Government Contracts & Investigations

First COVID-19 Fraud Action Filed by the DOJ, and What It Means for Government Contractors

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The U.S. Department of Justice (DOJ) announced it has taken its first action in federal court to combat fraud related to the coronavirus (COVID-19) pandemic. The heightened fraud enforcement establishes a new precedent for government contractors, in particular, to take extra steps to ensure robust compliance measures are in place, to review supply chain agreements,Read More

Topics: Contract Administration, Fraud, False Claims, and False Statements

You Can’t Always Get What You Want…Unless You Actually Asked For It

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The Government was recently reminded of its responsibility to clearly articulate its requirements for contract performance in Command Language, Inc. d/b/a CLI Solutions, ASBCA No. 61216. There, the Government had sought the creation of 30 and 40 level maintenance manuals to support Afghan forces utilizing Mobile Strike Force Vehicles (MSFV) in Afghanistan. The Afghan forcesRead More

Topics: Claims and Disputes

Force Majeure and the Coronavirus (COVID-19)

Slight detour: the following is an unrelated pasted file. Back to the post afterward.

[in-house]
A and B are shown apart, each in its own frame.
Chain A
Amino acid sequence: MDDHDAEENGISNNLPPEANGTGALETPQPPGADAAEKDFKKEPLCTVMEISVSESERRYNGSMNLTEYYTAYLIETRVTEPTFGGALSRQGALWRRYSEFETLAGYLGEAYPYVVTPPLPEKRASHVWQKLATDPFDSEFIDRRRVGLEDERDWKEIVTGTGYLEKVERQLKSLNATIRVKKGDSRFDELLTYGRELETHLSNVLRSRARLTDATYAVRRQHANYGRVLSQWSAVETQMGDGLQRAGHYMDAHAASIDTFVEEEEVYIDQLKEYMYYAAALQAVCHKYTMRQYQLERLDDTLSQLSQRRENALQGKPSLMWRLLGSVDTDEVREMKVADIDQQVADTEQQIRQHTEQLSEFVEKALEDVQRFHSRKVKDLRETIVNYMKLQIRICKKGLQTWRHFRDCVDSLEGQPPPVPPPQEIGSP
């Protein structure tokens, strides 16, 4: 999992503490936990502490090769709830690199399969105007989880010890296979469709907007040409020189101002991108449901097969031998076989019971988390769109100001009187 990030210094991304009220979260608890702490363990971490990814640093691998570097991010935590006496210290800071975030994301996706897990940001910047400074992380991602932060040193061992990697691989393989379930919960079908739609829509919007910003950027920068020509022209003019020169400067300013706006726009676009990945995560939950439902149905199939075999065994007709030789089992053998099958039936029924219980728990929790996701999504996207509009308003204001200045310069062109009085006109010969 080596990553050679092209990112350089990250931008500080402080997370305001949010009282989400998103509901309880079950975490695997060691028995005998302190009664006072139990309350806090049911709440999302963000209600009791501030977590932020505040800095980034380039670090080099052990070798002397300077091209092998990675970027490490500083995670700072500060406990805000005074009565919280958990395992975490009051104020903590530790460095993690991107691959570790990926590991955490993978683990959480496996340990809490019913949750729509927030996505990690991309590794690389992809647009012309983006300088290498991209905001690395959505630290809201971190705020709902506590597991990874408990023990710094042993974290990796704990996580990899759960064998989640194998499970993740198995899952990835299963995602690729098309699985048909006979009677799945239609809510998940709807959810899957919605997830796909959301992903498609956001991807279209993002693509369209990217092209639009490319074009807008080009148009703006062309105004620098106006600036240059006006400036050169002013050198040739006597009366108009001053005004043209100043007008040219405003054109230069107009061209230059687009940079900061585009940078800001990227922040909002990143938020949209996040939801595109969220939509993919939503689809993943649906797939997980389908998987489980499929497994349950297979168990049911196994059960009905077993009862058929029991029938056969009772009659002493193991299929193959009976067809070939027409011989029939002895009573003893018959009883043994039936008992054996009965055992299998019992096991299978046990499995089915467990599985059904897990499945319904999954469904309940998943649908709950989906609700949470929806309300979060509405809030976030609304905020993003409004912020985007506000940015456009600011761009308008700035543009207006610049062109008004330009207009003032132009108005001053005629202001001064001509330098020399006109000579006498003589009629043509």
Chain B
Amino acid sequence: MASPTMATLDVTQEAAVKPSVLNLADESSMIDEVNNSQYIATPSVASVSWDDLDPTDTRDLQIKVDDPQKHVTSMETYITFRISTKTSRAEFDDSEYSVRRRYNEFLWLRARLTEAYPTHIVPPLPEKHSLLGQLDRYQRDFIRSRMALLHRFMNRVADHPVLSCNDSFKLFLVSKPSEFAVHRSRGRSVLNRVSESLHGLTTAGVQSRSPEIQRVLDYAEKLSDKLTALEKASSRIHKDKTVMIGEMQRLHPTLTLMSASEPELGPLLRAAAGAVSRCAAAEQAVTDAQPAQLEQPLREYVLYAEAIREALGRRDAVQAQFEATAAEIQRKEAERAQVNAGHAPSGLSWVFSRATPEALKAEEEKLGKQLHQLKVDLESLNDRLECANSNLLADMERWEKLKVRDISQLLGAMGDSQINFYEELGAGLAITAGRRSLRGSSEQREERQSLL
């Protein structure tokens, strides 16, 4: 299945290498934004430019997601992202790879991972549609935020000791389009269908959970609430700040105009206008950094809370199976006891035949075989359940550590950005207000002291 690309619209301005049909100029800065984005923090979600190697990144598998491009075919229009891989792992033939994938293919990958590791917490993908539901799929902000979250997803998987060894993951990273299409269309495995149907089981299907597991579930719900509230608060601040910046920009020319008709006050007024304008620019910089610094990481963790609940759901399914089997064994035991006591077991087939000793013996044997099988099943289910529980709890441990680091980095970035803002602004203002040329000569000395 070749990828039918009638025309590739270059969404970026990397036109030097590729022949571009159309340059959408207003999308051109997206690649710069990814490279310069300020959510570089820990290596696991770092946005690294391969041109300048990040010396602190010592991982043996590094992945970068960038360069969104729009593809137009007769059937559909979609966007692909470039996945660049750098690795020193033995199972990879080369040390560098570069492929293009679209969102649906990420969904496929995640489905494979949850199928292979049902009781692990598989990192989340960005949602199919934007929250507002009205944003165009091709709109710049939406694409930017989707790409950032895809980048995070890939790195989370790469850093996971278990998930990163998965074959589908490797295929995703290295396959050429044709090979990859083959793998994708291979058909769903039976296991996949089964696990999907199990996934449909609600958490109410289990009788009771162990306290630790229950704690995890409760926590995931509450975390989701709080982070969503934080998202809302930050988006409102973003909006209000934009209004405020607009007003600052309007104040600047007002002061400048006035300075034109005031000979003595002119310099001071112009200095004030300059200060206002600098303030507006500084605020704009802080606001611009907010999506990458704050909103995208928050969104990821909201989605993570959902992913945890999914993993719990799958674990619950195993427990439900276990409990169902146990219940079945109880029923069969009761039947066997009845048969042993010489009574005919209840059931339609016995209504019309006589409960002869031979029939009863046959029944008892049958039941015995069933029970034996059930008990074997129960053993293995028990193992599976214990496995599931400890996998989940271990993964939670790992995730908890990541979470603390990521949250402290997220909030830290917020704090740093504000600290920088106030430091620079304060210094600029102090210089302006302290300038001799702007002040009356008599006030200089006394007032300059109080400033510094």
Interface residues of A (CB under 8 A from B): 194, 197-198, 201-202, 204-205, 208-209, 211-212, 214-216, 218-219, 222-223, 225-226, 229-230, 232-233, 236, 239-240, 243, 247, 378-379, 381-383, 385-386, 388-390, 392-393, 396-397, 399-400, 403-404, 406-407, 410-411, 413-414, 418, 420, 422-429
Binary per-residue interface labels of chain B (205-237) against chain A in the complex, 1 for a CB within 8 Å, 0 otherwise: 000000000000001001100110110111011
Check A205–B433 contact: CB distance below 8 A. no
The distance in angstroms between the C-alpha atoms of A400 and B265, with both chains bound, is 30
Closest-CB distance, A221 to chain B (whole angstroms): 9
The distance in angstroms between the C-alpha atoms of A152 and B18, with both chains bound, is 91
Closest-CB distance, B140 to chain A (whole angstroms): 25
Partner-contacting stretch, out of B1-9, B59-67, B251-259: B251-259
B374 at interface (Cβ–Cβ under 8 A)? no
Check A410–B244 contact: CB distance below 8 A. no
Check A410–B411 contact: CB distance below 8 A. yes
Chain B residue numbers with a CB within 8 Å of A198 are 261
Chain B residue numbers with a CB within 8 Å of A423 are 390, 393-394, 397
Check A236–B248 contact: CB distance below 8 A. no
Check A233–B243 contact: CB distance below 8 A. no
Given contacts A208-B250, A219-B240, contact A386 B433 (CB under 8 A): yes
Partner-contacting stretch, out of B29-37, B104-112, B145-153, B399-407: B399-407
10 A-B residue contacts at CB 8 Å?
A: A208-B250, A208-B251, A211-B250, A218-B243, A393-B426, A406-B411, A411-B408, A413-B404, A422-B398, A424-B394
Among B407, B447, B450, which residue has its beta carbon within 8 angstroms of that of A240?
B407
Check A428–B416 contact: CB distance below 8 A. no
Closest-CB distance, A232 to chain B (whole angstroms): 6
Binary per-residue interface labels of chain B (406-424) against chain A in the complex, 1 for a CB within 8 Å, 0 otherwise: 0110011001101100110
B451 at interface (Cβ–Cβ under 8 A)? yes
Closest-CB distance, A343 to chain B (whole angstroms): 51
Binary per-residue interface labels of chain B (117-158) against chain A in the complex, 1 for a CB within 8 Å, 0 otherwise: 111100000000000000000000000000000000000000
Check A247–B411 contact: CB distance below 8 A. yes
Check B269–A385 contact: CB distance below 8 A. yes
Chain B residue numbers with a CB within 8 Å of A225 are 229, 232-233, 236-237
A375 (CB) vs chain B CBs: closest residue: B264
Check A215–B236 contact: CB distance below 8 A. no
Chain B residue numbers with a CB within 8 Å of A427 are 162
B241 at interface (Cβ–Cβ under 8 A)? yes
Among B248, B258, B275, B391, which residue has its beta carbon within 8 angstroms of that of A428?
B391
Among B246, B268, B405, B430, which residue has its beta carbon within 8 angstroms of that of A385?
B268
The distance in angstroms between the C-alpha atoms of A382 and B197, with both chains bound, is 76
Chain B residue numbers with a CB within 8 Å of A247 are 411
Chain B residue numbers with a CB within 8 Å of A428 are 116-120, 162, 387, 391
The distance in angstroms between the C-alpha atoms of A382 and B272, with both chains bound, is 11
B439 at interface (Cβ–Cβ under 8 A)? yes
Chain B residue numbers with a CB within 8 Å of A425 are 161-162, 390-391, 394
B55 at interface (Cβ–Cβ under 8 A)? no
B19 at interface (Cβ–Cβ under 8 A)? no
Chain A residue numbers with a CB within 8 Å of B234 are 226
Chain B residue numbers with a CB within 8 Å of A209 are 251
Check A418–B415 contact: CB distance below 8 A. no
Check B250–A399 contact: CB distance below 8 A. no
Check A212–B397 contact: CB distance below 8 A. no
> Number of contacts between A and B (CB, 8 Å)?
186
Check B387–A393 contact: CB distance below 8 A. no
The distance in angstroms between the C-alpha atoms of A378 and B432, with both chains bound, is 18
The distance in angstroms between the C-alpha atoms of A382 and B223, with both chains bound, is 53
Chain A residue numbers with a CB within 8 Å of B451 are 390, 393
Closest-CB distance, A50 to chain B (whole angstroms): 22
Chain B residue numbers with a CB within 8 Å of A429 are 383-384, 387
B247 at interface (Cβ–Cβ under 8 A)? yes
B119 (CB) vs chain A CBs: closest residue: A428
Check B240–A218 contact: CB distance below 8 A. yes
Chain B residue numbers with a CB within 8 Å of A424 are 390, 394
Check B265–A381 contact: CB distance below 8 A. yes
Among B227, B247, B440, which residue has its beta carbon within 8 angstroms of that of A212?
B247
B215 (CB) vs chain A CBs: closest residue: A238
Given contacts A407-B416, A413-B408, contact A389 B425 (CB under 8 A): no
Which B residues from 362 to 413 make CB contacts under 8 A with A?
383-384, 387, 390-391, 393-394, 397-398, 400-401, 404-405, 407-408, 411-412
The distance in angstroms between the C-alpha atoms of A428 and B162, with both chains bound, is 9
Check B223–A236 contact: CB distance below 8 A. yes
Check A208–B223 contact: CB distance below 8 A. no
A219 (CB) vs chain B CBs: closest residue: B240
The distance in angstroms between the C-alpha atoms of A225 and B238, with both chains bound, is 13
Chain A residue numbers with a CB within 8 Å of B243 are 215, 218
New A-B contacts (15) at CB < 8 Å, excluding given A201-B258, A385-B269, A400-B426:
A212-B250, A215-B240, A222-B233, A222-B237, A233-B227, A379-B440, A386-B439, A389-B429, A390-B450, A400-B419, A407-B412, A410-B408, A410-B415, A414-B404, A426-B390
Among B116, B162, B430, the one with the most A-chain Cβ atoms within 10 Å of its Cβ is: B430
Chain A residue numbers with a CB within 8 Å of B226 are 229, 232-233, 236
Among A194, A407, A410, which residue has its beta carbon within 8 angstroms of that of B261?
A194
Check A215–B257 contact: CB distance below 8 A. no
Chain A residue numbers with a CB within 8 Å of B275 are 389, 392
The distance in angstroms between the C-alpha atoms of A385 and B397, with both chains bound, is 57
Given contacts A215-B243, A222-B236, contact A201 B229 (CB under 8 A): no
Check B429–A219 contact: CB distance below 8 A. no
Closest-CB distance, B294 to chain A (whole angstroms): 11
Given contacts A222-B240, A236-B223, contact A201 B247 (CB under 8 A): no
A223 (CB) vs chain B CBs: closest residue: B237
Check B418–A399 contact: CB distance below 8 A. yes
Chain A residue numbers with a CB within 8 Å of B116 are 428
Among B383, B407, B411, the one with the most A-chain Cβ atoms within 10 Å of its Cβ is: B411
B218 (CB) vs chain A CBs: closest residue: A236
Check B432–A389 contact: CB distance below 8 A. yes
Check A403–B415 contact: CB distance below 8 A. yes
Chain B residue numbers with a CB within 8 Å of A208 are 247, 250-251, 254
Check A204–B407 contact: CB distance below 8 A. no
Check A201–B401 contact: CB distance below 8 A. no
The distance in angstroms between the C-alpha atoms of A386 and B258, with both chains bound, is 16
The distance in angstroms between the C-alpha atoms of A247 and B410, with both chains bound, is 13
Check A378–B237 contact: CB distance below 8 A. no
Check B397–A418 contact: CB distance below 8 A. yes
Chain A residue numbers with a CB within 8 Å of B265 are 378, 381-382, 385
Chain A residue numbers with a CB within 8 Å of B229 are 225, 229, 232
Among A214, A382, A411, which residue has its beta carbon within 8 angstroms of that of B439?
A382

Generally speaking, entities that enter into contracts are bound to perform them. However, as matters evolve, the impacts of natural and man-made problems arising from the coronavirus (COVID-19) are being felt by customers, their contractors, and suppliers. Who bears the costs of such impacts and are there possible defenses or routes to recovery of costs?Read More

Topics: Supply Chain Risk Management

The Impact of the Coronavirus on the Global Supply Chain

At the end of December, China acknowledged the existence of the coronavirus, and this burgeoning heath crisis is becoming a supply chain problem. China, a major manufacturing hub for materials, products and components being used around the world, has been significantly impacted.  Facing the fast spread of the virus, China took a number of steps–delaying theRead More

Topics: Supply Chain Risk Management

Everybody’s Crying National Security, Just as Long as There’s Business First

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The title of this article is based on a line in an old song, “Everybody’s Crying Mercy,” by Mose Allison. As modified, the couplet captures the cognitive dissonance that many are feeling as a result of the federal government’s conflicting approach to trade with Huawei Technologies Co. Ltd. (Huawei) and its non-United States affiliates. InRead More

Topics: Export Controls, Sanctions and CFIUS